The Poet-Killer Mindset

Not long ago a reader emailed me with the following question:

I have a goal and I am working towards it. But, I am lacking something and I feel that is MIND-SET. Could you guide me to create a strong MIND-SET?

This is a difficult question to answer. The appropriate mindset depends on the situation. In competitive situations, an aggressive mindset is needed to defeat opponents. In cooperative situations the opposite is true — a passive-compliant mindset is necessary to put group needs first.

These opposing mindsets are the reason that strengths often double as weaknesses. A person’s competitive fire might lead to her best work, but it can also make her difficult to collaborate with.

The ideal mindset constantly adjusts to the present situation. It requires the agility to move across the entire spectrum of mindsets and the intelligence to adopt the correct one at exactly the right time.

For this reader’s situation, the desired mindset is one that will lead to the achievement of a goal. The successful mindset is difficult to define, but I discovered a quote in Ogilvy on Advertising that captures it:

‘Most good copywriters fall into 2 categories. Poets. And killers. Poets see an ad as an end. Killers as a means to an end.’ If you are both killer and poet, you get rich.

This quote describes the ideal copywriter, but the mindset holds for any profession. To understand why, let’s consider both components individually.

A poet is a lover of words. Rather than trying to sell with his writing, the poet is motivated by passion. The creation of an excellent poem is the only desired result. This artistic integrity leads to writing that attracts readers with beauty alone.

The weakness of the poet is that, in pursuit of artistic ends, he can stray towards irrelevance. Writing can be beautiful, but if it doesn’t have a practical purpose, no one will bother to read it. This is why few people read pure poetry.

The weakness of the poet is the strength of the killer. The killer wants results — persuasion, sales, or an increase in readership. To the killer, writing is a means to an end. The killer’s weakness is that, in pursuit of an end, he can appear untrustworthy. Without discretion, a killer’s self-serving tactics turn readers away.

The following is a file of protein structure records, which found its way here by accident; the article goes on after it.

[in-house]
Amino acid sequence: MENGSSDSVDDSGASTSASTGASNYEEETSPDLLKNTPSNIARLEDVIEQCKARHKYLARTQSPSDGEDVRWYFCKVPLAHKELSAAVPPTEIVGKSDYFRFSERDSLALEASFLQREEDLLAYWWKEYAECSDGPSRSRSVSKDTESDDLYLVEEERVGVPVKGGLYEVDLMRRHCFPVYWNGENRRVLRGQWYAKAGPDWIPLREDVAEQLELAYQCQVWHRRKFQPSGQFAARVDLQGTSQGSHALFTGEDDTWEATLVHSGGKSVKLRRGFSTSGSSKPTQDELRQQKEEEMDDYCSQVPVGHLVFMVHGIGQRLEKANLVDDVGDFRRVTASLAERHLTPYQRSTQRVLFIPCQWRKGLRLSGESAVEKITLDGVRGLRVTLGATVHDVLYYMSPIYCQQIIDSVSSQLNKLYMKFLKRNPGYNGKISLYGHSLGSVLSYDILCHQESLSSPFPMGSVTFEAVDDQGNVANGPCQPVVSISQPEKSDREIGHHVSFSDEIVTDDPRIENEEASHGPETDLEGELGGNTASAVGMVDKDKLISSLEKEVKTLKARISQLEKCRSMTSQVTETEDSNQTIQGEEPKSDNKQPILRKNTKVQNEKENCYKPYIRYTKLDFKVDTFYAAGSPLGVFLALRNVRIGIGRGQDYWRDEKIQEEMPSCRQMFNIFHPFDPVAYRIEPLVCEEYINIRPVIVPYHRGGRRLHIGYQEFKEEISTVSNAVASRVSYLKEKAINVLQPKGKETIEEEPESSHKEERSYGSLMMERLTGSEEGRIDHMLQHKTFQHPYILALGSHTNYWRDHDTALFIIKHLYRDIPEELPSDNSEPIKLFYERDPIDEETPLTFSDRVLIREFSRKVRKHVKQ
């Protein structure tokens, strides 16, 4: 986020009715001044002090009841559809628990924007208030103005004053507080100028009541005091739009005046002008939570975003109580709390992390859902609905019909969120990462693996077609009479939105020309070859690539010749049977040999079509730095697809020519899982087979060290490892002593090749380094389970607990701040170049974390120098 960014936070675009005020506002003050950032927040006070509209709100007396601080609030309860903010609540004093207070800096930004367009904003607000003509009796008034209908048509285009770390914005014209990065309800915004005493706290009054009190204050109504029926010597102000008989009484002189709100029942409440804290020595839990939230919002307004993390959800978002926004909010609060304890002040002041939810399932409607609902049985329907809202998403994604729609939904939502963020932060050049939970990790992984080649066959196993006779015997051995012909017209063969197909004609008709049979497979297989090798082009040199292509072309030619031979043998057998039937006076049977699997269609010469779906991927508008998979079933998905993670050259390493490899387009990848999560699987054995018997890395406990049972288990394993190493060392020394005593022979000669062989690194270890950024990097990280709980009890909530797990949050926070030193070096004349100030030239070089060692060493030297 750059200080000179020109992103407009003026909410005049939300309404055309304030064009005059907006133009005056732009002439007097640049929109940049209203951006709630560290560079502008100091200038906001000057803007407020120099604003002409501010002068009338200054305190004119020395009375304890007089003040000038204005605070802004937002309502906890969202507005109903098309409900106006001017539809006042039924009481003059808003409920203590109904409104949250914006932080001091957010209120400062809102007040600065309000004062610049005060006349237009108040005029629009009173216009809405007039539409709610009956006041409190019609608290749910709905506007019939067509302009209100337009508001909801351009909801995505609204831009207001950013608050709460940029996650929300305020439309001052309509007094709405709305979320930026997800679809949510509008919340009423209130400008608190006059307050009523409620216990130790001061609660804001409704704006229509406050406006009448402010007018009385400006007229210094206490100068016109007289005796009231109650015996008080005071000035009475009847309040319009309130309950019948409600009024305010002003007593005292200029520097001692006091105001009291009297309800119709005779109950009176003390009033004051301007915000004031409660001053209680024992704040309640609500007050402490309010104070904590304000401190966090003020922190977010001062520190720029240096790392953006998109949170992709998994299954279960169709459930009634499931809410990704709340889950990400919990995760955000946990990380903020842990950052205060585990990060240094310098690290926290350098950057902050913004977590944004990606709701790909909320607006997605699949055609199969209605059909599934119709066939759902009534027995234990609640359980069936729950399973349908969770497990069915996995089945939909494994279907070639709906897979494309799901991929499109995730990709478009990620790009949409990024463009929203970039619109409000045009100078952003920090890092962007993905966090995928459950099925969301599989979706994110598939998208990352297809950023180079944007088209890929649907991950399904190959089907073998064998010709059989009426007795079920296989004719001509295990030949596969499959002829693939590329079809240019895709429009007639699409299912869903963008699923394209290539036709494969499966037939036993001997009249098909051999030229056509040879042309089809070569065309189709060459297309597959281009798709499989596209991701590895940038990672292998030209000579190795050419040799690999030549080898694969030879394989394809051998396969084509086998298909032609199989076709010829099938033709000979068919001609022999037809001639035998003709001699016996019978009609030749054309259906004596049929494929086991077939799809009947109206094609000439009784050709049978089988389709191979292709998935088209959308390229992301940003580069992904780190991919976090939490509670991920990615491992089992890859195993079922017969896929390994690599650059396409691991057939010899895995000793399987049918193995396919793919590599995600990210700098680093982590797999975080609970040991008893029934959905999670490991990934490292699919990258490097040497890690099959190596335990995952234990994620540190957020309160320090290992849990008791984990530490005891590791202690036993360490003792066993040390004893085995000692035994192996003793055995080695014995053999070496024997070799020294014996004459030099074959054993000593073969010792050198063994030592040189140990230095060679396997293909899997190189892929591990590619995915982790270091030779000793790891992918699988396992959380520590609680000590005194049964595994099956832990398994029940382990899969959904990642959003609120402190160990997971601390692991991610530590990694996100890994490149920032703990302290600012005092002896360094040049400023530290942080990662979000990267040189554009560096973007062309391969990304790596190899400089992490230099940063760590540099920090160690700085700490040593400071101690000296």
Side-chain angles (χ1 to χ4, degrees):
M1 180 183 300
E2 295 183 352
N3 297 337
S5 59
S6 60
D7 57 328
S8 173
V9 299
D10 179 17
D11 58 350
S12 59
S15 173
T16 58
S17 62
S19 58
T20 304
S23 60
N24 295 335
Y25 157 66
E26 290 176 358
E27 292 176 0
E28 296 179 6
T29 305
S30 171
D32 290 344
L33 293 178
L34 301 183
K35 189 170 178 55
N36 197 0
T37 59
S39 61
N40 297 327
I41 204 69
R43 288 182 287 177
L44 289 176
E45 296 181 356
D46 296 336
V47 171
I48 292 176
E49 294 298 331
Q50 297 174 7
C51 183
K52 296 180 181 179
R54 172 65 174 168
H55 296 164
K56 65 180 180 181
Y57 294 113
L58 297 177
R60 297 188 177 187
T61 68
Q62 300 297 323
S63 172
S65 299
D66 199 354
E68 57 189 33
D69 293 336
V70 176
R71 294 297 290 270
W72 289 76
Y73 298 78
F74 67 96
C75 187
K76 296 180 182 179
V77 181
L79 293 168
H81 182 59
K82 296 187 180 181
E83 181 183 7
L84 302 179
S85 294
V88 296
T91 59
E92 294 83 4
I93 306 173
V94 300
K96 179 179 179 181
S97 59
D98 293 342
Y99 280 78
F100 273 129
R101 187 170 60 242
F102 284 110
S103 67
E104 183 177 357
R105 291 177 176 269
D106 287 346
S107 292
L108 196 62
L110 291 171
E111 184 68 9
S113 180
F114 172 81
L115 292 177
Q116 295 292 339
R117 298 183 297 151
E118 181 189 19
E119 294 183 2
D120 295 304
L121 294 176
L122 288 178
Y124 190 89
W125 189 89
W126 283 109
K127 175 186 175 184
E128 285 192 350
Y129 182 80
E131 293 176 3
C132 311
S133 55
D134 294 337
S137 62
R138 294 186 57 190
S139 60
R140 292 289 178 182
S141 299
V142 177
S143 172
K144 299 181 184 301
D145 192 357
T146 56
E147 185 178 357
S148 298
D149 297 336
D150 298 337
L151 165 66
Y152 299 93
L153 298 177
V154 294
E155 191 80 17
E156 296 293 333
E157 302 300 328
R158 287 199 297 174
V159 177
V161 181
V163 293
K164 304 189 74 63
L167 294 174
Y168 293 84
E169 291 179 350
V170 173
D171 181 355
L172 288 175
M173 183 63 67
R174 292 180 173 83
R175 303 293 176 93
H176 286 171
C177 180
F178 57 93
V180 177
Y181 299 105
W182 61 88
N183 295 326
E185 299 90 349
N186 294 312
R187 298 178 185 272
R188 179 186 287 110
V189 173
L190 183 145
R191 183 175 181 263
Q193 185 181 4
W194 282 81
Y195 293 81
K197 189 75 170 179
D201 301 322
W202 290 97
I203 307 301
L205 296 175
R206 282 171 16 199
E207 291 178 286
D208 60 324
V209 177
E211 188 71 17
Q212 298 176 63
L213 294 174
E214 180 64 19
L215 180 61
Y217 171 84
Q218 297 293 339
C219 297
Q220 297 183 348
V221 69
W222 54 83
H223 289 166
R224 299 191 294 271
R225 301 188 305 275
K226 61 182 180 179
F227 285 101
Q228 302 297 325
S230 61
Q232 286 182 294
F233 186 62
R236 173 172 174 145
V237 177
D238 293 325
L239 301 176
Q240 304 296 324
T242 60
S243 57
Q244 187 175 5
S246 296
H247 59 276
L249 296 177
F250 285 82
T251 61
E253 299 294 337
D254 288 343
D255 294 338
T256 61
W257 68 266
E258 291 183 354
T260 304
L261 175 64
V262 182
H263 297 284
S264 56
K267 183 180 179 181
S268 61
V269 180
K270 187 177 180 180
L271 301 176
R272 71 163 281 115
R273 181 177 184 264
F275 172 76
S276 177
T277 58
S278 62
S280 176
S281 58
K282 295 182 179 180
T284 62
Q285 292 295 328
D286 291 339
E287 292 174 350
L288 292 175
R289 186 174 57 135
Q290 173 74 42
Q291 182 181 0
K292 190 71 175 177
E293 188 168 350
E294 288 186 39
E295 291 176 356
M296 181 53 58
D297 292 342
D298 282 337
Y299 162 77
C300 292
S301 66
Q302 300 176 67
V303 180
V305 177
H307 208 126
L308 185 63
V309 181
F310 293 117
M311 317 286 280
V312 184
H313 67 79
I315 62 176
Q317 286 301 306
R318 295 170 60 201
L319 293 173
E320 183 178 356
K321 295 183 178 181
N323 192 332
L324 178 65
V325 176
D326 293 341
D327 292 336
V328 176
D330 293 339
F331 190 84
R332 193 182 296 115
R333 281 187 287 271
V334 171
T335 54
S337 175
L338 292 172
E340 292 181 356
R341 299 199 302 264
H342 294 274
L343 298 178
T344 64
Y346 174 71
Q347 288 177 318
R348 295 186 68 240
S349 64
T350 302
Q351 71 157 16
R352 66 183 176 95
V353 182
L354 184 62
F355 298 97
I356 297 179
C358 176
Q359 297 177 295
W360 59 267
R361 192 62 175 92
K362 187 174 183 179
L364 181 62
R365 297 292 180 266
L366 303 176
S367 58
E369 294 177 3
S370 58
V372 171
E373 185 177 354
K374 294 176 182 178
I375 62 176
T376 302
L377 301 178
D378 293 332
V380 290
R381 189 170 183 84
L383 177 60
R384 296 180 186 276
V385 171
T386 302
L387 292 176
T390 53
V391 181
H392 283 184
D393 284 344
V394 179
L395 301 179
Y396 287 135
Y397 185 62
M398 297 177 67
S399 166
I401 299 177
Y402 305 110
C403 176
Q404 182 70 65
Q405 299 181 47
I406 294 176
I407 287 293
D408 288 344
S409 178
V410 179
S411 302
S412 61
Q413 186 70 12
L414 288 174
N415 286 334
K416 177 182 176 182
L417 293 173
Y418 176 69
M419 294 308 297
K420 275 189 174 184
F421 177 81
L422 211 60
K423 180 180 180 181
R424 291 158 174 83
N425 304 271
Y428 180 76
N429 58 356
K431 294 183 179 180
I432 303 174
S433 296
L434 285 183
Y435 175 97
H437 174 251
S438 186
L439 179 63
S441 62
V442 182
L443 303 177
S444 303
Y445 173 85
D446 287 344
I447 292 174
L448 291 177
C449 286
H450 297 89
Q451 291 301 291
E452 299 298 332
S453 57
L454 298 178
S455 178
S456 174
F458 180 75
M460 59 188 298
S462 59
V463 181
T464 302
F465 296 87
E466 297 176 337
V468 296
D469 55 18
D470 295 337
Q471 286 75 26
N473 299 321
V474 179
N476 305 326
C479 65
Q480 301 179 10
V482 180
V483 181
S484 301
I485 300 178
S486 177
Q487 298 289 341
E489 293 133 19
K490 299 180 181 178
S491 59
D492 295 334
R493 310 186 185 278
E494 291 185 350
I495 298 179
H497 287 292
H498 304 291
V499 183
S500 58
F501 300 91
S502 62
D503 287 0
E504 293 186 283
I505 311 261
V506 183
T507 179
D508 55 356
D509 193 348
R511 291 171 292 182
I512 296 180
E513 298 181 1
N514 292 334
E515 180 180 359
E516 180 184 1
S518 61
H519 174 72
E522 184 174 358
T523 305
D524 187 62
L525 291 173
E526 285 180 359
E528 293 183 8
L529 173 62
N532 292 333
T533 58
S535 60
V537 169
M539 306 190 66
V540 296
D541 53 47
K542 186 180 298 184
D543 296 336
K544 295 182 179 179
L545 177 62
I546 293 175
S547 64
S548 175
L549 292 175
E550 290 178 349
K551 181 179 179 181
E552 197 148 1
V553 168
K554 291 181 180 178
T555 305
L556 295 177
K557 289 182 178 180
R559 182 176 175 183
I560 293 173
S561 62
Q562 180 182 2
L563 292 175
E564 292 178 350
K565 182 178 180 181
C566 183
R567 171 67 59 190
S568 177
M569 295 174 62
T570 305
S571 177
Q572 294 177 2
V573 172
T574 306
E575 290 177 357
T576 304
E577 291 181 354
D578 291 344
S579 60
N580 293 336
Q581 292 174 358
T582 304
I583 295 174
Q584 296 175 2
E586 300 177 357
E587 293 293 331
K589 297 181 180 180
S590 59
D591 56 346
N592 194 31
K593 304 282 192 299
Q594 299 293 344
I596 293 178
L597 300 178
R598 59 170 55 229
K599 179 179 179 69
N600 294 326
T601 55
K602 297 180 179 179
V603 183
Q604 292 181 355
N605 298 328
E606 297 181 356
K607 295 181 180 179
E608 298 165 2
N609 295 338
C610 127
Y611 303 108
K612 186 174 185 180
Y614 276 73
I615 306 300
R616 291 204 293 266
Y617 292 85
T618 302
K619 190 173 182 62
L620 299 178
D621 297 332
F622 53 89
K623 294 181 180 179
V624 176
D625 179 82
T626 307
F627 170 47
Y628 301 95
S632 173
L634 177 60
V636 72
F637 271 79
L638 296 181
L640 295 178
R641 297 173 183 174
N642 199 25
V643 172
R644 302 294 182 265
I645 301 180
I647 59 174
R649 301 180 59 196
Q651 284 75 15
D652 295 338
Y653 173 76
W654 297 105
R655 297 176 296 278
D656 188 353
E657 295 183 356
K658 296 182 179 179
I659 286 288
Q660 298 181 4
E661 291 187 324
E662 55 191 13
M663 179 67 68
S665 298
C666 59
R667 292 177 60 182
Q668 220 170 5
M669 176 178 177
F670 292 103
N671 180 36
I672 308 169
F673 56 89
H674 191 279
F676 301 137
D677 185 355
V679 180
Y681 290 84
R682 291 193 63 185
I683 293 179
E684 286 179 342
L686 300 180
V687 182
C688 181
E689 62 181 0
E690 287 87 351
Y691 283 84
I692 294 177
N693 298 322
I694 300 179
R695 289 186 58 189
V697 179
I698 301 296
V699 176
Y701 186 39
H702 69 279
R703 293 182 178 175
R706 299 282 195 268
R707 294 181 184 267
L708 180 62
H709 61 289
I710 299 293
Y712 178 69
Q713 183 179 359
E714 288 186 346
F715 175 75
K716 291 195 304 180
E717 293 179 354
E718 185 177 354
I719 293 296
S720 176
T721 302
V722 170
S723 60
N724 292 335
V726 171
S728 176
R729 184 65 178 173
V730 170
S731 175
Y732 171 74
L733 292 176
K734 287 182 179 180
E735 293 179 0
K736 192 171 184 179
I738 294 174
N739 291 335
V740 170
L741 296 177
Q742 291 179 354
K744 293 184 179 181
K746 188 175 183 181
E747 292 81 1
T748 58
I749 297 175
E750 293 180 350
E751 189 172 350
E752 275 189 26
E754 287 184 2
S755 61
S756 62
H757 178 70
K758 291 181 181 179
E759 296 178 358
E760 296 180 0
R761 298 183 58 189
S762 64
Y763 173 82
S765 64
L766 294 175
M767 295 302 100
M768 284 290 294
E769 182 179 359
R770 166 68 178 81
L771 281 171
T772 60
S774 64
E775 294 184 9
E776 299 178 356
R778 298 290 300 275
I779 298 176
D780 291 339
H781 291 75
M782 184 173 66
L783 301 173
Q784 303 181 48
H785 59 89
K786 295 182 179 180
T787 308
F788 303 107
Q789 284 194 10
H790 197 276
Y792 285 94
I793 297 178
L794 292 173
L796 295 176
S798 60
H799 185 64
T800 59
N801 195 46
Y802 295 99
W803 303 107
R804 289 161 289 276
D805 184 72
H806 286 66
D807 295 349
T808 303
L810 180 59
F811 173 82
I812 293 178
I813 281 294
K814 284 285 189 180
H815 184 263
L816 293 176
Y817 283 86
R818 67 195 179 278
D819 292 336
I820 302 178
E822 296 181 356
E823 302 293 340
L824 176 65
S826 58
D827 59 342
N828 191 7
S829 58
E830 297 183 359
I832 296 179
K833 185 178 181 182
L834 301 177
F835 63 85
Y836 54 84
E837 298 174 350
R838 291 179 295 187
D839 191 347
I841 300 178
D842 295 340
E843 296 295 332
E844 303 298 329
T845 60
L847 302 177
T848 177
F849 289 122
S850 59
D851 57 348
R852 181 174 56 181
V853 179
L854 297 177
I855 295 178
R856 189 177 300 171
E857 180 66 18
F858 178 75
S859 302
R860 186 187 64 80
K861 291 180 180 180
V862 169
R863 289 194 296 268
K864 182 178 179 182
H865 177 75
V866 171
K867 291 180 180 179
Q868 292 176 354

The poet-killer mindset combines the artistry of the poet with the practicality of the killer. When beautiful work is used for a strategic purpose, the result is irresistible.

To create the poet-killer mindset in yourself, it’s important to consider two things.

  1. Do work you love. You’ll never be a poet if you don’t have passion. If you secretly despise your work, you won’t stand a chance against people who eat, sleep, and breath it.
  2. Consider the user. What does the user want and how can you give it to them? It’s easy to get absorbed in personal interests, but that leads to irrelevance. To be a killer, you must deliver value to users at the expense of personal indulgence.

By choosing work that you love and using that passion to deliver value to others, you’ll put yourself in the ideal position to acquire wealth and personal satisfaction.


Erin shows overscheduled, overwhelmed women how to do less so that they can achieve more. Traditional productivity books—written by men—barely touch the tangle of cultural pressures that women feel when facing down a to-do list. How to Get Sh*t Done will teach you how to zero in on the three areas of your life where you want to excel, and then it will show you how to off-load, outsource, or just stop giving a damn about the rest.

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